Front Page Titles (by Subject) TO JAMES MADISON - The Works, vol. 11 (Correspondence and Papers 1808-1816)
The Online Library of Liberty
A project of Liberty Fund, Inc.
Search this Title:
TO JAMES MADISON - Thomas Jefferson, The Works, vol. 11 (Correspondence and Papers 1808-1816) 
The Works of Thomas Jefferson, Federal Edition (New York and London, G.P. Putnam’s Sons, 1904-5). Vol. 11.
About Liberty Fund:
The text is in the public domain.
Fair use statement:
TO JAMES MADISON
Monticello, July 3d, 1811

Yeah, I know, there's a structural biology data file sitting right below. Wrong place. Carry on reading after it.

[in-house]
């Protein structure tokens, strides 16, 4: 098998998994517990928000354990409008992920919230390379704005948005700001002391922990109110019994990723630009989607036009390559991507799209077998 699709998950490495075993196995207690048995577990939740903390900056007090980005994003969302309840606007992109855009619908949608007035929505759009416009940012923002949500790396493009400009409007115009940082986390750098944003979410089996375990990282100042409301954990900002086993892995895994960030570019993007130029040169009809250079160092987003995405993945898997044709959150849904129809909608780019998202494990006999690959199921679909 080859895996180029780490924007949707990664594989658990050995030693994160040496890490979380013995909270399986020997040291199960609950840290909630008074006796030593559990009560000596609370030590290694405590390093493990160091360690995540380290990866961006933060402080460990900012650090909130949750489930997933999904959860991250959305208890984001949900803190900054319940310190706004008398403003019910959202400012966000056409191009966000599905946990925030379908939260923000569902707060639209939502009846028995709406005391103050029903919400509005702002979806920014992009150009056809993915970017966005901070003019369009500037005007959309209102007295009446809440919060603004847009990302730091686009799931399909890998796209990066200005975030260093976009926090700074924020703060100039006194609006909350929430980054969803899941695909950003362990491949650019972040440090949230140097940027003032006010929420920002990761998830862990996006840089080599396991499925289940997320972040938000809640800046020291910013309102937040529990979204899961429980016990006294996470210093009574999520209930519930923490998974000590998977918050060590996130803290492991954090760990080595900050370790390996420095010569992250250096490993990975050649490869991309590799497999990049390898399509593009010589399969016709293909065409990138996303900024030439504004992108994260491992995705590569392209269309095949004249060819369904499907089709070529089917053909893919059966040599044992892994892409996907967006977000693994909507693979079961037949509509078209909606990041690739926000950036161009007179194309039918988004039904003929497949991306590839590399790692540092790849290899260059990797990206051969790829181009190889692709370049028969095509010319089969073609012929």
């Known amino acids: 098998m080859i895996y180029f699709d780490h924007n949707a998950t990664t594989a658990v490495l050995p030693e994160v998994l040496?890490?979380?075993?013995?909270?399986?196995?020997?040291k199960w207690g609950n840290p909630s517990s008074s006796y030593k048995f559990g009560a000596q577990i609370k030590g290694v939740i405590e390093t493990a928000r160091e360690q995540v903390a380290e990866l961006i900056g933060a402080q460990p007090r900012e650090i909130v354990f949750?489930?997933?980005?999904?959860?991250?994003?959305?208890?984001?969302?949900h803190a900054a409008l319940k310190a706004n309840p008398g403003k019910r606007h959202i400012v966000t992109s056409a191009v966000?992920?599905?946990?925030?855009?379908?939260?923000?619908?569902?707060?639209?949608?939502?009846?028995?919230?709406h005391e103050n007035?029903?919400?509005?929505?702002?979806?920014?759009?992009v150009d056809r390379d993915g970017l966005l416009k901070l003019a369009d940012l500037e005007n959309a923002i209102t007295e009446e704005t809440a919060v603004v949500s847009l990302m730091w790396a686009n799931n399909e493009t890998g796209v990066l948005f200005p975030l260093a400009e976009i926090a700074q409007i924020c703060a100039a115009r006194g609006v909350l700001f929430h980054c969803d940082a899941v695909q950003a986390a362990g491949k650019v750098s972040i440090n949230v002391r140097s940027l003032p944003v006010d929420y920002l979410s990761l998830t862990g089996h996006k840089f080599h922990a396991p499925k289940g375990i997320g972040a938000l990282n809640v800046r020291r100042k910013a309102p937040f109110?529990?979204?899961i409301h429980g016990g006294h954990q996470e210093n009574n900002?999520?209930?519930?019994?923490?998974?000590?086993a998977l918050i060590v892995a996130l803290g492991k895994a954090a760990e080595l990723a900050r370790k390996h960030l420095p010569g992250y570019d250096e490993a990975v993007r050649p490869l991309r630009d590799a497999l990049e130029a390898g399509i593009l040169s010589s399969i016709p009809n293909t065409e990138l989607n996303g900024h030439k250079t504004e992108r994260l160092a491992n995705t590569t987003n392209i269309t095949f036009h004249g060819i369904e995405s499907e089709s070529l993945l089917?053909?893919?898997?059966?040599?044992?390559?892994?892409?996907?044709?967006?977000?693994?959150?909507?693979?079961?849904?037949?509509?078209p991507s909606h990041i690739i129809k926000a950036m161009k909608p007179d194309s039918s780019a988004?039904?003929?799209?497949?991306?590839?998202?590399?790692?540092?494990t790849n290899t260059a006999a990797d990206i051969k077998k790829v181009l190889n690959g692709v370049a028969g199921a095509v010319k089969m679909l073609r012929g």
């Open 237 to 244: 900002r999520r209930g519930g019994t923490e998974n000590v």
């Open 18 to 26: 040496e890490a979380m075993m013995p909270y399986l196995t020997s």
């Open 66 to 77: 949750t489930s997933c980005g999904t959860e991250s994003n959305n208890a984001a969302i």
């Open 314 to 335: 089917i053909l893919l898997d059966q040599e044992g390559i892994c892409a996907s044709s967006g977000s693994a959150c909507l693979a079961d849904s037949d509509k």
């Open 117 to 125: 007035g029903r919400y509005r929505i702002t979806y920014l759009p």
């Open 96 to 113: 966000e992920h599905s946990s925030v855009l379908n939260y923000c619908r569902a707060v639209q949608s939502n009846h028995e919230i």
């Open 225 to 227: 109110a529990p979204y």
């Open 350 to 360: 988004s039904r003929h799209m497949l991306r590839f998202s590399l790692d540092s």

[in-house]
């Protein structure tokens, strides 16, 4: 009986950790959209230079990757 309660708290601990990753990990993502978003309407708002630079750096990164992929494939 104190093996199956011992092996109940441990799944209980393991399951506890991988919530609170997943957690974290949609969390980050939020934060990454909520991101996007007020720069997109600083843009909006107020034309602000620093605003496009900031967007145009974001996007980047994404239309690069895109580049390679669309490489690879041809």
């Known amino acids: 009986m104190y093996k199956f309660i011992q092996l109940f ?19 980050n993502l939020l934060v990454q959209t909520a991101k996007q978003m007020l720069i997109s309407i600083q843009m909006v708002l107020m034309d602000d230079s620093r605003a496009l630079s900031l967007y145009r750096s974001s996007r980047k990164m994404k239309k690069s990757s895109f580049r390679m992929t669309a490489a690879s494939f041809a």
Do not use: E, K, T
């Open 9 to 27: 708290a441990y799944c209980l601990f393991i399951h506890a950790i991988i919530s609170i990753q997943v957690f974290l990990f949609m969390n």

—I have seen with very great concern the late address of Mr. Smith to the public. He has been very ill-advised, both personally and publicly. As far as I can judge from what I hear, the impression made is entirely unfavorable to him. Every man’s own understanding readily answers all the facts and insinuations, one only excepted, and for that they look for explanations without any doubt that they will be satisfactory. What is Irving’s case? I have answered the inquiries of several on this head, telling them at the same time what was really the truth, that the failure of my memory enabled me to give them rather conjectures than recollections. For in truth, I have but indistinct recollections of the case. I know that what was done was on a joint consultation between us, and I have no fear that what we did will not have been correct and cautious. What I retain of the case, on being reminded of some particulars, will reinstate the whole firmly in my remembrance, and enable me to state them to inquirers with correctness, which is the more important from the part I bore in them. I must therefore ask the favor of you to give me a short outline of the facts, which may correct as well as supply my own recollections. But who is to give an explanation to the public? not yourself, certainly. The Chief Magistrate cannot enter the arena of the newspapers. At least the occasion should be of a much higher order. I imagine there is some pen at Washington competent to it. Perhaps the best form would be that of some one personating the friend of Irving, some one apparently from the North. Nothing labored is requisite. A short and simple statement of the case will, I am sure, satisfy the public. We are in the midst of a so-so harvest, probably one-third short of the last. We had a very fine rain on Saturday last. Ever affectionately yours.